Posted by Claudia Grazioso on August 3, 2011
We passed a small milestone in our family recently: As of this summer, all of the kids can swim the length of a pool alone, get their head up to breathe and climb out on the side. The old hand-hand-elbow-elbow-tummy-knee-knee drill has finally fully clicked in. You would think I could breathe a sigh of relief. Now pools aren’t something I need to worry about as much, right? Wrong. Even children who know how to swim can forget what to do when they start to panic. Adult supervision remains absolutely essential.
If there is one thing that stops a parent’s heart, it’s when they hear about an accidental drowning in a backyard pool. Maybe it’s because we’re there all the time — a place to cool off is a summertime necessity, and since they are so bright and fun, you could let your guard down a little. And that, as they say, is all it takes. Anyone with kids knows that accidents happen fast. So what are some things you can do to keep your child safe?
If you have a pool in your yard, be sure that there is a fence around it. A tall one, with a self-latching mechanism that is out of the child’s reach. Anyone who has ever attempted to safety-proof their house knows that there are very few latches a persistent toddler can’t eventually get through. Keeping it out of their reach is key. If there are older children around, do not trust them to always latch the safety lock. Even though you may have carefully communicated the rule that they must lock the fence, and even though they may know how to do it, kids forget. Especially kids who are excited about swimming and playing. Always check it and latch it yourself.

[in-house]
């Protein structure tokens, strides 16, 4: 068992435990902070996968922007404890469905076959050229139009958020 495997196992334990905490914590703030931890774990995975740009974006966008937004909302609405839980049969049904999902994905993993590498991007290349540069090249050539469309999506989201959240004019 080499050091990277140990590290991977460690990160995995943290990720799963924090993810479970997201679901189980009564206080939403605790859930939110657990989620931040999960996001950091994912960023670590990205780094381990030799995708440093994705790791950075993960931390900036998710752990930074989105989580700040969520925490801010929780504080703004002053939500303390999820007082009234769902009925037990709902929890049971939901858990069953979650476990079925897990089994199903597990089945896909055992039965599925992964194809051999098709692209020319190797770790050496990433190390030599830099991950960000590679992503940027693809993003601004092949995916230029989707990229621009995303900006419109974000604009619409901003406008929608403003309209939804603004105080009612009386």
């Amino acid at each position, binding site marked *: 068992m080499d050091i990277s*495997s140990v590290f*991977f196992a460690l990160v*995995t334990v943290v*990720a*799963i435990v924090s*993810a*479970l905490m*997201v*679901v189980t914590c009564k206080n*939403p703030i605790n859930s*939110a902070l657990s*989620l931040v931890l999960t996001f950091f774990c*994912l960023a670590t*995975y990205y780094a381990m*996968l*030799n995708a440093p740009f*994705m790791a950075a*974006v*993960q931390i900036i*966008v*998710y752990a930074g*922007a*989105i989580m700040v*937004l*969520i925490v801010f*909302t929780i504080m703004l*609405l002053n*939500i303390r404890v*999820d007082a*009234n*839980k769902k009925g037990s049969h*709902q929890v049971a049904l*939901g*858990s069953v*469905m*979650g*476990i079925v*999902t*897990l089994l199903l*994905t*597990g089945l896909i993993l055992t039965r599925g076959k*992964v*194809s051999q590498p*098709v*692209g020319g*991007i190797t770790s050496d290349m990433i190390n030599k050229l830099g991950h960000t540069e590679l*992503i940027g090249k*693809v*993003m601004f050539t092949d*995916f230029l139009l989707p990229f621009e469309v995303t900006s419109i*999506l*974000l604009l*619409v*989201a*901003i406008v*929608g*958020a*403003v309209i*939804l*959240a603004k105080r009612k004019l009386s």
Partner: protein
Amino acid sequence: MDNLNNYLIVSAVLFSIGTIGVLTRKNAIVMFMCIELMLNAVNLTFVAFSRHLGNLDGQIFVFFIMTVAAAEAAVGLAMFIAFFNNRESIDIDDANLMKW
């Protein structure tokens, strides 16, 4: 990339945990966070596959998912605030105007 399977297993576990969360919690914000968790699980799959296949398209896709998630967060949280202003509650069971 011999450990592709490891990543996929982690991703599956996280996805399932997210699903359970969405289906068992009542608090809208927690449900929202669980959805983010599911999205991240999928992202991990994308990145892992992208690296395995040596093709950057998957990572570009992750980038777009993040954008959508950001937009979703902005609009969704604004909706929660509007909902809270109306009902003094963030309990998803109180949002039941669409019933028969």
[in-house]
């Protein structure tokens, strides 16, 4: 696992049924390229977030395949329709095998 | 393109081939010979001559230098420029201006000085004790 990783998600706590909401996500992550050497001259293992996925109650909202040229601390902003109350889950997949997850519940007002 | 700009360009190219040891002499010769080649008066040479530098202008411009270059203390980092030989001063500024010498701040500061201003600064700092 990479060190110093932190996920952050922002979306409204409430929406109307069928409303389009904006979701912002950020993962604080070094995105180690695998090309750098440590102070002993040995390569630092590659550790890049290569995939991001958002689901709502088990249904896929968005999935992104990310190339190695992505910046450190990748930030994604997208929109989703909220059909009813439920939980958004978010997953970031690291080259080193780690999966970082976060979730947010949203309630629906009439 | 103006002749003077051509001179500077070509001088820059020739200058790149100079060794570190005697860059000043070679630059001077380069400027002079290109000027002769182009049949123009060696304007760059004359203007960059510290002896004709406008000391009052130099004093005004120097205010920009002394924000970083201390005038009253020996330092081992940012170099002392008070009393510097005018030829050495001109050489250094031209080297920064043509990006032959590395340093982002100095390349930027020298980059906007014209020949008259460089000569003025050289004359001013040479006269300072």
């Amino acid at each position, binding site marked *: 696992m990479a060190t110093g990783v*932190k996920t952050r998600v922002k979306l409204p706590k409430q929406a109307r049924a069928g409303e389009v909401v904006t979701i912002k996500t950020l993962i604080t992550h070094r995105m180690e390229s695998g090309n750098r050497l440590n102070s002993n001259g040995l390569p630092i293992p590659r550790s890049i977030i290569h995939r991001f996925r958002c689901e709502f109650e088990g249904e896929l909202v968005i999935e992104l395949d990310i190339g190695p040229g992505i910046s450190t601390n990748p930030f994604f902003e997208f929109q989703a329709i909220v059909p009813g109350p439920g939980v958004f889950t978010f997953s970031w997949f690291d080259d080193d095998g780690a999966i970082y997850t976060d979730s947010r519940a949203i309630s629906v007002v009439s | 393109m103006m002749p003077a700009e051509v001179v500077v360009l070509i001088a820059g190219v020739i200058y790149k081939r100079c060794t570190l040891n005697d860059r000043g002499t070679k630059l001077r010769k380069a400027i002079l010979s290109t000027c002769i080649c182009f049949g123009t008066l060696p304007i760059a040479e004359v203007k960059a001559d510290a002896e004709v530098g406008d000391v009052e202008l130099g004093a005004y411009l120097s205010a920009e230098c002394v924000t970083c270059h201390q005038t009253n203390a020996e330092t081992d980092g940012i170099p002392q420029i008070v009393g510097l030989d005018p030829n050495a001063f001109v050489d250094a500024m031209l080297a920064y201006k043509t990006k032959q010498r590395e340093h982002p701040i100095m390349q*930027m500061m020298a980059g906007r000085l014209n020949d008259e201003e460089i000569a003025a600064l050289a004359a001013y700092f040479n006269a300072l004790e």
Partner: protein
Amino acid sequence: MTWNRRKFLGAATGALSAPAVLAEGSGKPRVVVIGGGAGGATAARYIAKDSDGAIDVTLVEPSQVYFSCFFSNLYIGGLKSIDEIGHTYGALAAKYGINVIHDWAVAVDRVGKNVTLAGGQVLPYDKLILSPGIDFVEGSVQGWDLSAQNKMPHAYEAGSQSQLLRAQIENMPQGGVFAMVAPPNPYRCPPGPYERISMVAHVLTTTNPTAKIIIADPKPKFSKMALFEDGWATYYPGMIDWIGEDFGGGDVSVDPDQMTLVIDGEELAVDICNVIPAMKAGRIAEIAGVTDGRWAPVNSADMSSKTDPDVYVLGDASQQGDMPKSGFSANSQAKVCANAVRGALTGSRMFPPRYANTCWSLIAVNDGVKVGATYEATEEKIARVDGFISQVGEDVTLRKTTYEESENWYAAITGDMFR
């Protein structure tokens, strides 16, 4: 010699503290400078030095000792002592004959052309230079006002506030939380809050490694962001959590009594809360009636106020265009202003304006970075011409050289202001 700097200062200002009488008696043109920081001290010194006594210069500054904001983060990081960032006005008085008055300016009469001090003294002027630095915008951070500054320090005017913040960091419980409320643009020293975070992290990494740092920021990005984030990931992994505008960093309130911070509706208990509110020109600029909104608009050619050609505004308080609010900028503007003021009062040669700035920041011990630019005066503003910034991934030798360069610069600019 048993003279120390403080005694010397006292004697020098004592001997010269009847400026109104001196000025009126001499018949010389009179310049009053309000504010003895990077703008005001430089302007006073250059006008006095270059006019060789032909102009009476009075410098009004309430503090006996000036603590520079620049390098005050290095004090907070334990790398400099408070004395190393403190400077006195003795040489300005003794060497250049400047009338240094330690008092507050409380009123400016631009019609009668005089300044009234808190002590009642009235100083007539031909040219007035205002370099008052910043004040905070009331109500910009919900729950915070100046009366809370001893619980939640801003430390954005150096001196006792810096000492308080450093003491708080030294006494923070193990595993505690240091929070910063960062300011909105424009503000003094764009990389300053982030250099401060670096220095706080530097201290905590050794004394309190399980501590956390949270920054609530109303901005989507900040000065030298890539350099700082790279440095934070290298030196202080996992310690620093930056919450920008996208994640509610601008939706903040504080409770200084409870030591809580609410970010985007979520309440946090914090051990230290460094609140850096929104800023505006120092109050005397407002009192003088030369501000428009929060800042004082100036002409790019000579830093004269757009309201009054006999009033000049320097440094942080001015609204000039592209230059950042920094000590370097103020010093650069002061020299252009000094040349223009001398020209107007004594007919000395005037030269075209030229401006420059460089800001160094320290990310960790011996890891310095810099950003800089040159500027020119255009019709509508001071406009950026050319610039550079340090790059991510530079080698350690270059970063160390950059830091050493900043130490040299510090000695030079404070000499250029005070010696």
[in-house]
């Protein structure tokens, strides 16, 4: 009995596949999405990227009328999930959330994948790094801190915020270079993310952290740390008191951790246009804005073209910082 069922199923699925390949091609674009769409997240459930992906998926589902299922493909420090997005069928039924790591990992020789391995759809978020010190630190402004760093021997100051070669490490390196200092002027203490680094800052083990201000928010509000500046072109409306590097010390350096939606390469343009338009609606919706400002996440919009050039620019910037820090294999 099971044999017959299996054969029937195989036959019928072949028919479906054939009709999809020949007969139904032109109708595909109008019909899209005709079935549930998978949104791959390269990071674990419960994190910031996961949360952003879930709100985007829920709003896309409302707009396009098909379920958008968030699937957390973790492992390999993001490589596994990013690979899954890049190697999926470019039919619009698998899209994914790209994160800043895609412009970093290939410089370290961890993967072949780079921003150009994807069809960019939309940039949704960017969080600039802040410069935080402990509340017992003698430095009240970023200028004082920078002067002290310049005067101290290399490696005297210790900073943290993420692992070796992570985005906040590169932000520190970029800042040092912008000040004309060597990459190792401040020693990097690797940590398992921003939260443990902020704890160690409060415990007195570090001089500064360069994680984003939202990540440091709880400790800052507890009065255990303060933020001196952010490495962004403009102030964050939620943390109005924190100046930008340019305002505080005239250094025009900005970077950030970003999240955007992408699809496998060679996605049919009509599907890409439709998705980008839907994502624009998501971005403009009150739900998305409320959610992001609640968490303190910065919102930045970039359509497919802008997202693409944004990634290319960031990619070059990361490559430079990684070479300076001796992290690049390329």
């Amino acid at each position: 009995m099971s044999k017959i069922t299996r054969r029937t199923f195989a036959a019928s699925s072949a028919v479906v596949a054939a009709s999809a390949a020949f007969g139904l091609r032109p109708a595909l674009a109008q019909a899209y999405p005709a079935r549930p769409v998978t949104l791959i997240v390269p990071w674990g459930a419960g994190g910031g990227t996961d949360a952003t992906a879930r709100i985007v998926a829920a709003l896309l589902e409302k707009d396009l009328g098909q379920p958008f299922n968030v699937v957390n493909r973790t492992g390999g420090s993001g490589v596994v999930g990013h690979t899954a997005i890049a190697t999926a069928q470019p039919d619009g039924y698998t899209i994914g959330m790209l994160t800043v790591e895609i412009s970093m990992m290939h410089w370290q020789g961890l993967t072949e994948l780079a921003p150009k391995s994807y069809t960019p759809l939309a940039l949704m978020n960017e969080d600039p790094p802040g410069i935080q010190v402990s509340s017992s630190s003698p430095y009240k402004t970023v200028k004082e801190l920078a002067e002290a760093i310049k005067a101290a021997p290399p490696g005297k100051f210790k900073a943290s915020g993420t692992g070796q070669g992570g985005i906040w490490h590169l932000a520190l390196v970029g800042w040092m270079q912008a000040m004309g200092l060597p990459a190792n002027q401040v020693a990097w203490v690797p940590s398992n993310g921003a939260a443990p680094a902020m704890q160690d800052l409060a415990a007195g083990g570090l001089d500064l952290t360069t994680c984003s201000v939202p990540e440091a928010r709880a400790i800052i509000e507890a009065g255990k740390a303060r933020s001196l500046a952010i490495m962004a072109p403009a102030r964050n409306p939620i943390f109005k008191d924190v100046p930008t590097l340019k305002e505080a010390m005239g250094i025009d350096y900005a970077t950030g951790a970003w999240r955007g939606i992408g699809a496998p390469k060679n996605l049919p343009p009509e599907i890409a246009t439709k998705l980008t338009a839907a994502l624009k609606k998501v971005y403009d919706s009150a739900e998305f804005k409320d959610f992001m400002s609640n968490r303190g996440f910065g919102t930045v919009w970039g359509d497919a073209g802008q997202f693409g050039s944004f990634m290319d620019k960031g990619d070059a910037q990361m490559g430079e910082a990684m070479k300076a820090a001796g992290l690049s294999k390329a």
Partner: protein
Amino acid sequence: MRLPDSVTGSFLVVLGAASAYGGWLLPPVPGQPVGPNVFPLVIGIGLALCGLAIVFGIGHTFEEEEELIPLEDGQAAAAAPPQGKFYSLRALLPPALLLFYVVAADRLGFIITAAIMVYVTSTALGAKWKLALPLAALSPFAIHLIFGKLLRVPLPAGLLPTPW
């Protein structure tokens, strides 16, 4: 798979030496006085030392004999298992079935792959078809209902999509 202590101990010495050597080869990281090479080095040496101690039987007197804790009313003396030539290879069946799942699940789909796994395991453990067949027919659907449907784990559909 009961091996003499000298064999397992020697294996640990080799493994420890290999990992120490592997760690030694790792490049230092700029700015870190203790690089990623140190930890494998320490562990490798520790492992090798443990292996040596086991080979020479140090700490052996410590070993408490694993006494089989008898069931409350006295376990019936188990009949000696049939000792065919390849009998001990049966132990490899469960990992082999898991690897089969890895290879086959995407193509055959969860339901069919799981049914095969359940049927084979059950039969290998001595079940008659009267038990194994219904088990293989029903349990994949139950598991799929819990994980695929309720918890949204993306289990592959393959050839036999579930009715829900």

Also, do not assume that a safety cover on the pool will save kids or substitute for a fence. We were at a birthday party once and our two-year-old daughter ran into the backyard and saw a bright yellow ducky toy in the center of the pool cover. She waded onto it and promptly started to sink. Because my husband assumed that she was safe on the cover, it took him a moment to realize that the reason she was screaming bloody murder was because she was up to her waist in water. We got her out, still clutching the ducky, but learned never to just trust a pool cover.
And what about the yellow ducky that had tempted her? The other day at swim lessons, I was watching a baby toddle around the pool while his sibling had her lesson. He spied a toy floating near the edge and was just reaching over for it when his mom grabbed him. Kids love toys. And young kids are going to reach for them whether they are floating in a pool or surrounded by a ring of fire. Take all toys — and all temptation — out of the pool when you are done swimming.
These are just tips. None of them takes the place of constant — and vigilant — supervision. Do not leave children by the pool. Do not believe that they will stay out of the water while you run inside to answer the phone or assemble snacks. Keep a phone by the pool, bring the snack tray out and take the kids with you if you have to leave, even for a second. Drowning is a preventable tragedy. Be there to prevent it.